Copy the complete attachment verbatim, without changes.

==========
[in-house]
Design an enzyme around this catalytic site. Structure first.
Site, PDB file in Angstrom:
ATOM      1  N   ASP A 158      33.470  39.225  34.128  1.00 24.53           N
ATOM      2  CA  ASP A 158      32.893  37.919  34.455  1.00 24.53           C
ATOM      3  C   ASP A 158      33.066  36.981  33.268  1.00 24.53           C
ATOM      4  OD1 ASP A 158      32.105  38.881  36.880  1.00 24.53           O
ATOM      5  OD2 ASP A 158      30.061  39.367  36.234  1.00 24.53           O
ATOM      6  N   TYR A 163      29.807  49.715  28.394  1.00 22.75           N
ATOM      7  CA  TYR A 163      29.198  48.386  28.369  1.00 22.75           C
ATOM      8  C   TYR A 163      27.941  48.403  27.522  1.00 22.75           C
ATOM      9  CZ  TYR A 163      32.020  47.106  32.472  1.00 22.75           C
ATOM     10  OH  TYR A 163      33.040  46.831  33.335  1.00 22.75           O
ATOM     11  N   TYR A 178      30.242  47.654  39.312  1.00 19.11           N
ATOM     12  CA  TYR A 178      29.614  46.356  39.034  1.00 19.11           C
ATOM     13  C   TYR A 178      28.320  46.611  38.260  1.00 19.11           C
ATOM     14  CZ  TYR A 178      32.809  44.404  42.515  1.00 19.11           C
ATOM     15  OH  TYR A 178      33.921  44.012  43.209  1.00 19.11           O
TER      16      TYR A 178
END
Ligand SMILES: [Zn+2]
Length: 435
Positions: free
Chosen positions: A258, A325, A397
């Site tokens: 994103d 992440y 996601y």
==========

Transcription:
[in-house]
Design an enzyme around this catalytic site. Structure first.
Site, PDB file in Angstrom:
ATOM      1  N   ASP A 158      33.470  39.225  34.128  1.00 24.53           N
ATOM      2  CA  ASP A 158      32.893  37.919  34.455  1.00 24.53           C
ATOM      3  C   ASP A 158      33.066  36.981  33.268  1.00 24.53           C
ATOM      4  OD1 ASP A 158      32.105  38.881  36.880  1.00 24.53           O
ATOM      5  OD2 ASP A 158      30.061  39.367  36.234  1.00 24.53           O
ATOM      6  N   TYR A 163      29.807  49.715  28.394  1.00 22.75           N
ATOM      7  CA  TYR A 163      29.198  48.386  28.369  1.00 22.75           C
ATOM      8  C   TYR A 163      27.941  48.403  27.522  1.00 22.75           C
ATOM      9  CZ  TYR A 163      32.020  47.106  32.472  1.00 22.75           C
ATOM     10  OH  TYR A 163      33.040  46.831  33.335  1.00 22.75           O
ATOM     11  N   TYR A 178      30.242  47.654  39.312  1.00 19.11           N
ATOM     12  CA  TYR A 178      29.614  46.356  39.034  1.00 19.11           C
ATOM     13  C   TYR A 178      28.320  46.611  38.260  1.00 19.11           C
ATOM     14  CZ  TYR A 178      32.809  44.404  42.515  1.00 19.11           C
ATOM     15  OH  TYR A 178      33.921  44.012  43.209  1.00 19.11           O
TER      16      TYR A 178
END
Ligand SMILES: [Zn+2]
Length: 435
Positions: free
Chosen positions: A258, A325, A397
């Site tokens: 994103d 992440y 996601y």